Our paradoxical behaviour in dealing with algorithms
Human behaviour towards algorithms, based on the book “Hello World – What algorithms can do and how they change our lives” by Hannah Fry.
A few words in advance about the book. Hannah Fry believes “Algorithms are everywhere, and it’s time to understand them.” A statement I agree with 100 per cent. And that’s what her work is about.
The author manages to shed light on the world of algorithms in a very entertaining way and in easy words.
Each chapter starts with an exciting example from the real or fictional world to illustrate algorithms’ aspects or problems.
This article is mainly devoted to an aspect that Hannah Fry addresses quite early in the book: The paradoxical behaviour of humans when dealing with algorithms. In my opinion, a fascinating topic. Because I partially recognized myself – in my private dealings with algorithms – but also our customers in the “business” area.
However, to bring everyone on the same level, we first discuss the question, “what are algorithms and why have we all had contact with them at some point?”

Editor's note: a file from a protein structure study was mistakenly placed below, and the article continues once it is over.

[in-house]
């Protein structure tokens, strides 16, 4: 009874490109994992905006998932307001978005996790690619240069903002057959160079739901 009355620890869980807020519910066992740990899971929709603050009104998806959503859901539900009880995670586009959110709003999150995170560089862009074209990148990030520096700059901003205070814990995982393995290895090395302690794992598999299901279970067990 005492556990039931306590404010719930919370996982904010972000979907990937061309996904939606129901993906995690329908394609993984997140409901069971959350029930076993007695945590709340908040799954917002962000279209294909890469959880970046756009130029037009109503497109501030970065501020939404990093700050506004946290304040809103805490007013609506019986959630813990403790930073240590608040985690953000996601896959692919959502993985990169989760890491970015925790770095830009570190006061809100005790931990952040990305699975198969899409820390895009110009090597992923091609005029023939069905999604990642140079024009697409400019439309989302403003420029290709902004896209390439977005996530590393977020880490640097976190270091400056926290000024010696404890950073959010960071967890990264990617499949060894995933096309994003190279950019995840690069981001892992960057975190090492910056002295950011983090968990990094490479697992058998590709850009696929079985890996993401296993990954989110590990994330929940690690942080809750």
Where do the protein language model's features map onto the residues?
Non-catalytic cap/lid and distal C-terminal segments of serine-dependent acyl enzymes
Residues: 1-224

Algorithms in everyday life
In a broader sense, algorithms are “step-by-step instructions” designed to lead to a specific goal. By this broad definition, every cookbook consists of algorithms.
But that’s not how we use the term. Or have you ever said, “Do you know the algorithm for Grandma’s strawberry pie?”
The word algorithm is used in connection with mathematical objects. They are step-by-step instructions of a wide variety of mathematical operations to accomplish a particular goal. When these operations are translated into software code, one has programmed an algorithm.
There are rule-based algorithms and non-rule-based algorithms. The former are static rules set by humans. The latter are algorithms based on machine learning (a branch of artificial intelligence). Deeper information on this topic can be found in this post.
We encounter algorithms every day. They guide us to our desired destination (Navigation System). They suggest series and movies according to our wishes (Netflix & Amazon Prime), they fly us across the Atlantic (Autopilot) and much more.
So we deal with algorithms daily. In doing so, Fry observes a very paradoxical behaviour in dealing with them. On the one hand, blind trust and, on the other hand, total mistrust. When dealing with algorithms, black-and-white thinking is predominant. There is no grey. And that is a problem.